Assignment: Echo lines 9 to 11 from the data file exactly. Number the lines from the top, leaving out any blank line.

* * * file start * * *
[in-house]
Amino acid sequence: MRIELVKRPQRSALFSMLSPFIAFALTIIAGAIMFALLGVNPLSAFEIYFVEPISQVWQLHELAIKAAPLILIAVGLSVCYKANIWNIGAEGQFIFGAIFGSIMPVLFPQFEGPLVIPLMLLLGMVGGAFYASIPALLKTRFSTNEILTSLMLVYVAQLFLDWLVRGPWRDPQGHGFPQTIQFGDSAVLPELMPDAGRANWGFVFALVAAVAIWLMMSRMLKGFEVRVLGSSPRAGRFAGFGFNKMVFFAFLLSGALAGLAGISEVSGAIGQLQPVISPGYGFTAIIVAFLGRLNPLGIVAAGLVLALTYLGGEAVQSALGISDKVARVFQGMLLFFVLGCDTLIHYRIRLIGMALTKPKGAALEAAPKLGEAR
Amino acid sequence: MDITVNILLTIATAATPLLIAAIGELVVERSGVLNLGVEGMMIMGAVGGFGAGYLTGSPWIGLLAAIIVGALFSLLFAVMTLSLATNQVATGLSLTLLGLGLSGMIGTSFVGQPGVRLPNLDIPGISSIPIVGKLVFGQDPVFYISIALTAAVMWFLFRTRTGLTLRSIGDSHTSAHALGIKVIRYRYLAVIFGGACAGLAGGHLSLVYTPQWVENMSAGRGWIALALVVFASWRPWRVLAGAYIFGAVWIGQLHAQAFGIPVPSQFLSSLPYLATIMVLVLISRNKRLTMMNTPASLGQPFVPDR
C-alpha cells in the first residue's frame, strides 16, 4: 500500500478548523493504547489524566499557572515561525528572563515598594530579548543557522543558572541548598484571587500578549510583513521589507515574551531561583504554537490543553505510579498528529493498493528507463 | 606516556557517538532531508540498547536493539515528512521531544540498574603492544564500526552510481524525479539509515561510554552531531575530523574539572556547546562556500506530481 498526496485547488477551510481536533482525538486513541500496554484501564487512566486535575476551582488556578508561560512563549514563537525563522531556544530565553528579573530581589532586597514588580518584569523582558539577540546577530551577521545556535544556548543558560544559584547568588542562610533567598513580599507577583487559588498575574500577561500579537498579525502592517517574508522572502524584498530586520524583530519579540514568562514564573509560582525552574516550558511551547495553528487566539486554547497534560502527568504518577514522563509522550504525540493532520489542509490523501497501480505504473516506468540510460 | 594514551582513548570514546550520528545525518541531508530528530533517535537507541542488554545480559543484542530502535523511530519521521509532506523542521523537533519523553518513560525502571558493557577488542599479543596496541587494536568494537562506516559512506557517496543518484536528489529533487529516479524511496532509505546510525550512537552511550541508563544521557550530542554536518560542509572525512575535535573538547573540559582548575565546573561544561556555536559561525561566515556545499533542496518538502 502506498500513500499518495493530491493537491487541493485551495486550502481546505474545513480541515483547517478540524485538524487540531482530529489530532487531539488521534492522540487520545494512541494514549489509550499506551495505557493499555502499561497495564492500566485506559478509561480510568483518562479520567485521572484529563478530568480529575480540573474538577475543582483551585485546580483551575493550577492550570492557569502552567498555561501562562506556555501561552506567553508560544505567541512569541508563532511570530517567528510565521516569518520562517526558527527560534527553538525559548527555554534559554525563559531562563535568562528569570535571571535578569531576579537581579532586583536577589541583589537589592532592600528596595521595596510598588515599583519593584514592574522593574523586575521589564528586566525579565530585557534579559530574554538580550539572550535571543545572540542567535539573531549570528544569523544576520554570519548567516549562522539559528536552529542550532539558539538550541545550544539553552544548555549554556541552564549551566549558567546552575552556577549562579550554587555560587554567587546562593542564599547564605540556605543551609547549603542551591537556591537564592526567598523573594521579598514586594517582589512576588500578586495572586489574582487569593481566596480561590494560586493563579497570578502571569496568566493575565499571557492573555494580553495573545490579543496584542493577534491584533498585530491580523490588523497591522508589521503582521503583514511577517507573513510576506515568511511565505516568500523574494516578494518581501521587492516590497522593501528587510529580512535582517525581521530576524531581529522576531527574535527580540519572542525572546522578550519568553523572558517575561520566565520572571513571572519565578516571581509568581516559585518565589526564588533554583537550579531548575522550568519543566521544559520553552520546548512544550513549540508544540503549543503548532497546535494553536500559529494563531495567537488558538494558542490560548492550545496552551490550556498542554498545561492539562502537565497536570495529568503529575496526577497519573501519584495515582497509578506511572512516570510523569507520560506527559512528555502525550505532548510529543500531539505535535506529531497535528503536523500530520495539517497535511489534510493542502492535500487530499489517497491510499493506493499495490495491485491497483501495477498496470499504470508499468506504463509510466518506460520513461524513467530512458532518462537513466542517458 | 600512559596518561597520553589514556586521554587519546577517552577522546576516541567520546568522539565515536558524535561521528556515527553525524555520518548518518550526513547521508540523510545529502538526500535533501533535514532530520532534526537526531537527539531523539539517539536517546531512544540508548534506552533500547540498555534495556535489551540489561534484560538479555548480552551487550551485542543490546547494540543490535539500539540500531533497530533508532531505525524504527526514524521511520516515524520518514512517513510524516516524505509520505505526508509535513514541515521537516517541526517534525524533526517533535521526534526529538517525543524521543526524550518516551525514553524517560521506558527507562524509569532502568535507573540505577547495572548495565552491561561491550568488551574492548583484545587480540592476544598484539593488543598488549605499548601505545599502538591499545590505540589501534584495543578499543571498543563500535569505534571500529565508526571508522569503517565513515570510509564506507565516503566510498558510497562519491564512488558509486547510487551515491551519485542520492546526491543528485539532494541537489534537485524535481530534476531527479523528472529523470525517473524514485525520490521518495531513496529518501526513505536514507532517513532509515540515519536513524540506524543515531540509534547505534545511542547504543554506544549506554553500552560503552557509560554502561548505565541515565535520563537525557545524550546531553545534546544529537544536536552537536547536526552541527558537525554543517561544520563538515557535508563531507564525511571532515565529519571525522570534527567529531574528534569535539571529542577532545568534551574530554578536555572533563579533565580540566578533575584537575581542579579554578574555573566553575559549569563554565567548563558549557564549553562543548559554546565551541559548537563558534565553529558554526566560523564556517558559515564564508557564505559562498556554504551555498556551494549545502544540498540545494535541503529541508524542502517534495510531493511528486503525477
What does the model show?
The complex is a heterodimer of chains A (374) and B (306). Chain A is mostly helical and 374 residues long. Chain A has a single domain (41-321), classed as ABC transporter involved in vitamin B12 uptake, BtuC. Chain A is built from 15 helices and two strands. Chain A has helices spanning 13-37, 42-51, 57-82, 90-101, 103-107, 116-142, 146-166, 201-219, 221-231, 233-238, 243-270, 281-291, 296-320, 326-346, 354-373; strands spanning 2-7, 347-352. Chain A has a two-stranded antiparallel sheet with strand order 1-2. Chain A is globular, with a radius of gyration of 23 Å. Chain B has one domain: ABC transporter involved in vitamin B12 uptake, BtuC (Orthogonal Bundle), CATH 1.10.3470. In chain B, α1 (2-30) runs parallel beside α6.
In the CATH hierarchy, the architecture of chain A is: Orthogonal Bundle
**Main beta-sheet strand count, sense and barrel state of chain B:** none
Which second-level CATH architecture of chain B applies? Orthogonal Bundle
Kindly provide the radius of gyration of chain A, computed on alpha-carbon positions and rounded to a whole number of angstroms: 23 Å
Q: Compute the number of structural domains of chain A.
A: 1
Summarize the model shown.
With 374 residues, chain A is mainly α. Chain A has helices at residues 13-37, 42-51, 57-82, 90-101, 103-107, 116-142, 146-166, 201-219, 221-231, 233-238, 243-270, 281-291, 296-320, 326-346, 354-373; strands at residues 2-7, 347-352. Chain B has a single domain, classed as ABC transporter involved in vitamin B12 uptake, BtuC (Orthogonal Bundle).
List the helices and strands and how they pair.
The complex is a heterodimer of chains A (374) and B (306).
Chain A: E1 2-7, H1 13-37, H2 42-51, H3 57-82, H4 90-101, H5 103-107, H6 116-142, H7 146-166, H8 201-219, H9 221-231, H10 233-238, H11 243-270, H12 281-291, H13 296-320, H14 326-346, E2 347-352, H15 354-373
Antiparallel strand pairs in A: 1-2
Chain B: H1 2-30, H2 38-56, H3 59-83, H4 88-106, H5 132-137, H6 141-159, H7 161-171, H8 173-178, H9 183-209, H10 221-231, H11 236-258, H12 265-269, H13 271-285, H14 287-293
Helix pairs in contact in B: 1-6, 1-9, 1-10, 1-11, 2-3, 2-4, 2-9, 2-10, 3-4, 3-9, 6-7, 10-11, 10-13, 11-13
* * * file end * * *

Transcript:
Which second-level CATH architecture of chain B applies? Orthogonal Bundle
Kindly provide the radius of gyration of chain A, computed on alpha-carbon positions and rounded to a whole number of angstroms: 23 Å
Q: Compute the number of structural domains of chain A.